Uganda: People Living With Albinism Call for Support in Fight Against Skin Cancer

Activists have asked the government, civil society and Ugandans at large to support people living with albinism in acquiring cryo guns to help in the early detection of skin cancer.

Cryo guns are medical equipment that is used to detect skin cancer.


The remarks were made during the launch of a campaign to help these group of people with albinism under the theme;” addressing a campaign against skin cancer for persons with albinism”

According to the activists, with over 5,000 persons with albinism struggling to use a single cryo gun in Uganda, there is a need to increase the number of these medical equipment for health and medical reasons specifically for these groups of people across the country to aid their survival.


Allan Tenywa, the GOBS Children’s Foundation told the Nile Post that the initiative is aimed at raising funds for the purchase of five croyo guns to help reduce the burden of skin cancer which he said can be contained if addressed at its infant stage.

“Many of them are not able to access medical care. Treatment of simple medical conditions is nearly impossible from treating open wounds that eventually turn to be cancerous which is difficult to deal with. The foundation is giving a hand to persons with disabilities especially with albinism through raising funds to purchase the needed cryo guns for each region in the country,” he said.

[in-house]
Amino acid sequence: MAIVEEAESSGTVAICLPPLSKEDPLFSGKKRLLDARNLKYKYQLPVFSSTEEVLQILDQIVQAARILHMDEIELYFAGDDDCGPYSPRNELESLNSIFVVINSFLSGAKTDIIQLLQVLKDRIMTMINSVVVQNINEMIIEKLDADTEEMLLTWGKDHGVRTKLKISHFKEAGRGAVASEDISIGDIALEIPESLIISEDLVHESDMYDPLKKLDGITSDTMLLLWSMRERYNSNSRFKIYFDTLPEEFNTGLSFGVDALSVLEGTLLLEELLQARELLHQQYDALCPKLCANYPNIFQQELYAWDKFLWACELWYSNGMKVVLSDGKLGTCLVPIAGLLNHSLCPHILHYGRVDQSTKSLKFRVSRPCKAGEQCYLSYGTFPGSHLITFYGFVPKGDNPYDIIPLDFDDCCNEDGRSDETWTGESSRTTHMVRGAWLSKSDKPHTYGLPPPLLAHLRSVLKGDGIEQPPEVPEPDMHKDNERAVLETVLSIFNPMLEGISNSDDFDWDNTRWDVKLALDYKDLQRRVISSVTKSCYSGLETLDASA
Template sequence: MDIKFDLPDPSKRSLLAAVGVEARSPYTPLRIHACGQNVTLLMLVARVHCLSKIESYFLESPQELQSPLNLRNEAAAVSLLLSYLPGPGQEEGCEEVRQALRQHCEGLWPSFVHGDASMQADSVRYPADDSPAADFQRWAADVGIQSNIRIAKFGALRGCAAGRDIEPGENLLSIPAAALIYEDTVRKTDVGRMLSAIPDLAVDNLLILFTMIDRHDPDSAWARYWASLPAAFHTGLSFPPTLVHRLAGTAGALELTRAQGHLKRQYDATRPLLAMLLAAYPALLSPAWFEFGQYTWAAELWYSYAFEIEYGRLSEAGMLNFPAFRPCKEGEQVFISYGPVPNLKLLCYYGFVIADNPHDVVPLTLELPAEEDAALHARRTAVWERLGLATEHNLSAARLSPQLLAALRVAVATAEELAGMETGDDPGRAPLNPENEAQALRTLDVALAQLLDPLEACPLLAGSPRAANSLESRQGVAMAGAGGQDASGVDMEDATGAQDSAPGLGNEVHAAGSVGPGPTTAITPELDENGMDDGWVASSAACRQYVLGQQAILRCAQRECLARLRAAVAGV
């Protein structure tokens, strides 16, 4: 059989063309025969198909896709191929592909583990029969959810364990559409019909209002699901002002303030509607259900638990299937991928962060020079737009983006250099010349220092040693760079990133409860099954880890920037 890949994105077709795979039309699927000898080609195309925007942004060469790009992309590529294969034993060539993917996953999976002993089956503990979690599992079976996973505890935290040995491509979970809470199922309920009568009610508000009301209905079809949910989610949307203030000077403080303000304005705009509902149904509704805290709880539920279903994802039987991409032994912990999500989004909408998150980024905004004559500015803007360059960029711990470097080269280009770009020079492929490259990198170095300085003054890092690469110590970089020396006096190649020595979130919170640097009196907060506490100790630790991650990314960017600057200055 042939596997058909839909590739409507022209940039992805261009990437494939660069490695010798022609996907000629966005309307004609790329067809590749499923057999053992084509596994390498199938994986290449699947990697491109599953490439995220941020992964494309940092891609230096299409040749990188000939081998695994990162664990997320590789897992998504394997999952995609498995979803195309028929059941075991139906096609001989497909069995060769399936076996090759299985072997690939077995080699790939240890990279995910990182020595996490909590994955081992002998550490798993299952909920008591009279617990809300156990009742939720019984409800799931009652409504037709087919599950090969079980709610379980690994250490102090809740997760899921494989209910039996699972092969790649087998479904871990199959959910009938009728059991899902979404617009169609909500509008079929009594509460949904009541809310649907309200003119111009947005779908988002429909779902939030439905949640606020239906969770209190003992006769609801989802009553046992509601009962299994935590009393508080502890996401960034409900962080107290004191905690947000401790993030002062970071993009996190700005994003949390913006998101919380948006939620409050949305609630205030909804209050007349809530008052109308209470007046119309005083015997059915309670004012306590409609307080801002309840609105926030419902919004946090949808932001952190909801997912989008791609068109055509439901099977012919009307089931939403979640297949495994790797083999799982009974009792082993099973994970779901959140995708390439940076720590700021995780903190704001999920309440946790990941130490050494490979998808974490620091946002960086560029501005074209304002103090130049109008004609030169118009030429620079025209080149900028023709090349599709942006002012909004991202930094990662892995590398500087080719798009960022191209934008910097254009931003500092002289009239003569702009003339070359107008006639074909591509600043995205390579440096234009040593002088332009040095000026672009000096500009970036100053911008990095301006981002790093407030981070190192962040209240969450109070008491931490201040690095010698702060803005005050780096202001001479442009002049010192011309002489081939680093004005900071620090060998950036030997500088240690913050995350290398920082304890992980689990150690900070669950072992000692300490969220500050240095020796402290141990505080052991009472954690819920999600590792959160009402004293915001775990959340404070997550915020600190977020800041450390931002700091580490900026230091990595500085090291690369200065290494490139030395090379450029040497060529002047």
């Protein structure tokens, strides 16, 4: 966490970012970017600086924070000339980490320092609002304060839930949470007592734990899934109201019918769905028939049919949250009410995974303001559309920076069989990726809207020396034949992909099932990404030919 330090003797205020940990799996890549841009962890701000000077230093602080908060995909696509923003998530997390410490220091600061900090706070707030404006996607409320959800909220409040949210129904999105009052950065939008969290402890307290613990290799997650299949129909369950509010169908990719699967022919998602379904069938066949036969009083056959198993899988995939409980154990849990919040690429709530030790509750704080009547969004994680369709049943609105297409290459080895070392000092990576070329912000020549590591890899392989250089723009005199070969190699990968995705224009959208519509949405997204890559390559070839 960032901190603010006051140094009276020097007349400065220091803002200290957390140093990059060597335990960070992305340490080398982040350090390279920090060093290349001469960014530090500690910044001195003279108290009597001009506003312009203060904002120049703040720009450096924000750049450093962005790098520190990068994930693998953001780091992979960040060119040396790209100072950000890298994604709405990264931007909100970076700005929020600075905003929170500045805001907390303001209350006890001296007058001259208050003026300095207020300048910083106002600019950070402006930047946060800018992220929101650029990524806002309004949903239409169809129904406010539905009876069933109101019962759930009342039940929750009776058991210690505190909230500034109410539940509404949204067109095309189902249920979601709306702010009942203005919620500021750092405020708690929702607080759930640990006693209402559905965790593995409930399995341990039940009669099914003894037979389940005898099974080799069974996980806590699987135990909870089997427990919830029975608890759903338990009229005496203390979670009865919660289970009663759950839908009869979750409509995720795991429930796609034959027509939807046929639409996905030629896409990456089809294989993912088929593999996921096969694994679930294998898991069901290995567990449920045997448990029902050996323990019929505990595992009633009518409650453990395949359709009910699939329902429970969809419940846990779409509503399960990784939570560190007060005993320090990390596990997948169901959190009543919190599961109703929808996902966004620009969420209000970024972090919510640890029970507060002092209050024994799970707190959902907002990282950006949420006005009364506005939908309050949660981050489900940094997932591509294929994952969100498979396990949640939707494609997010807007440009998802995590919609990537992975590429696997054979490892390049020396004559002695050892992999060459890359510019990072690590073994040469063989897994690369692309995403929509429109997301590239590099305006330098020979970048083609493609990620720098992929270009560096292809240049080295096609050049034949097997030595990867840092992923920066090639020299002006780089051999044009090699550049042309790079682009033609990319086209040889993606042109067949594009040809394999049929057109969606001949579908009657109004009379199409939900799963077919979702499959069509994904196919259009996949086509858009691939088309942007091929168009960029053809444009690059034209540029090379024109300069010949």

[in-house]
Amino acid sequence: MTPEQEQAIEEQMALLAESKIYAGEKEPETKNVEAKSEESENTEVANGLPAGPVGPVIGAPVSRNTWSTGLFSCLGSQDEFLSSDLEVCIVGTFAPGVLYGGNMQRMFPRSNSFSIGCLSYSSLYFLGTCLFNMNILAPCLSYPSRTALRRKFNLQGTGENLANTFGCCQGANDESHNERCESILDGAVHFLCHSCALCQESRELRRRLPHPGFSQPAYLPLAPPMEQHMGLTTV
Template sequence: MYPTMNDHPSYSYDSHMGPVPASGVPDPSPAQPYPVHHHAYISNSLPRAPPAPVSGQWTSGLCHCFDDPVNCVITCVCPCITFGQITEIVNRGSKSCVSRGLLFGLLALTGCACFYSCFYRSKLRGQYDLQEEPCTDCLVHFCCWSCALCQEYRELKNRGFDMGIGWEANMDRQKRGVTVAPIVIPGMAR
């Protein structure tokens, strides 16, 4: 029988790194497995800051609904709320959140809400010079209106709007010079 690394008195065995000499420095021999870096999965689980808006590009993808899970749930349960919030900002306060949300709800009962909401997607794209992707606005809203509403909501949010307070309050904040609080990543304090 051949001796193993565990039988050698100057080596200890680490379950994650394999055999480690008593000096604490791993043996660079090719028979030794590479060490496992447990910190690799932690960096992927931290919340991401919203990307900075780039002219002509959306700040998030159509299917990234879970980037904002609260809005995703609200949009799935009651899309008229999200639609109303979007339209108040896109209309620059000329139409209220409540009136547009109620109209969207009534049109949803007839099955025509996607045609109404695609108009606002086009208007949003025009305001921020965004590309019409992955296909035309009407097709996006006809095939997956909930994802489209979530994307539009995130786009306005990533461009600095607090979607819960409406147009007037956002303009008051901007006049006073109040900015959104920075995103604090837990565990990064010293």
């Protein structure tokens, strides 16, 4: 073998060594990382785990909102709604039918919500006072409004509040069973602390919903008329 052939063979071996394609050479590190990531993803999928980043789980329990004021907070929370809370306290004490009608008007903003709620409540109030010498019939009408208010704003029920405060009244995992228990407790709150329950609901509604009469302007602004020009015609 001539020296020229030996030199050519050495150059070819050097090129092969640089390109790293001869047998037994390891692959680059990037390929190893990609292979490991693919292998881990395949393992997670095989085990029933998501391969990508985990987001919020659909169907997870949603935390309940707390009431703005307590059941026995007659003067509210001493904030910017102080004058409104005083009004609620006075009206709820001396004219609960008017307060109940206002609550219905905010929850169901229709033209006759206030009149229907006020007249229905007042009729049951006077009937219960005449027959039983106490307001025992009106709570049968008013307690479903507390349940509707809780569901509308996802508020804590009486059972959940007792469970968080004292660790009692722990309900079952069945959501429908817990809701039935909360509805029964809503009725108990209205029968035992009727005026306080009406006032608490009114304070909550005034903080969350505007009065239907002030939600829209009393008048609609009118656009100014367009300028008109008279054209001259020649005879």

Melanil Mataaga, an activist living with albinism urged Ugandans to support them to purchase cryo guns so that they can also be able to live like the normal human being, adding that the situation of persons with albinism in Uganda is worsening each day.

“It is always our mandate to speak to Ugandans about the situation of people living with albinism in Uganda. They have been facing the problem of skin cancer in the past years in Uganda. We need to address the needs of cryo guns in Uganda in order to help these people with albinism,” she said.

Albinism is a genetic condition consisting of a lack of pigmentation in the skin, eyes, and hair.

It causes serious eyesight problems, such as photophobia, strabismus, myopia, and nystagmus (involuntary eye movements).


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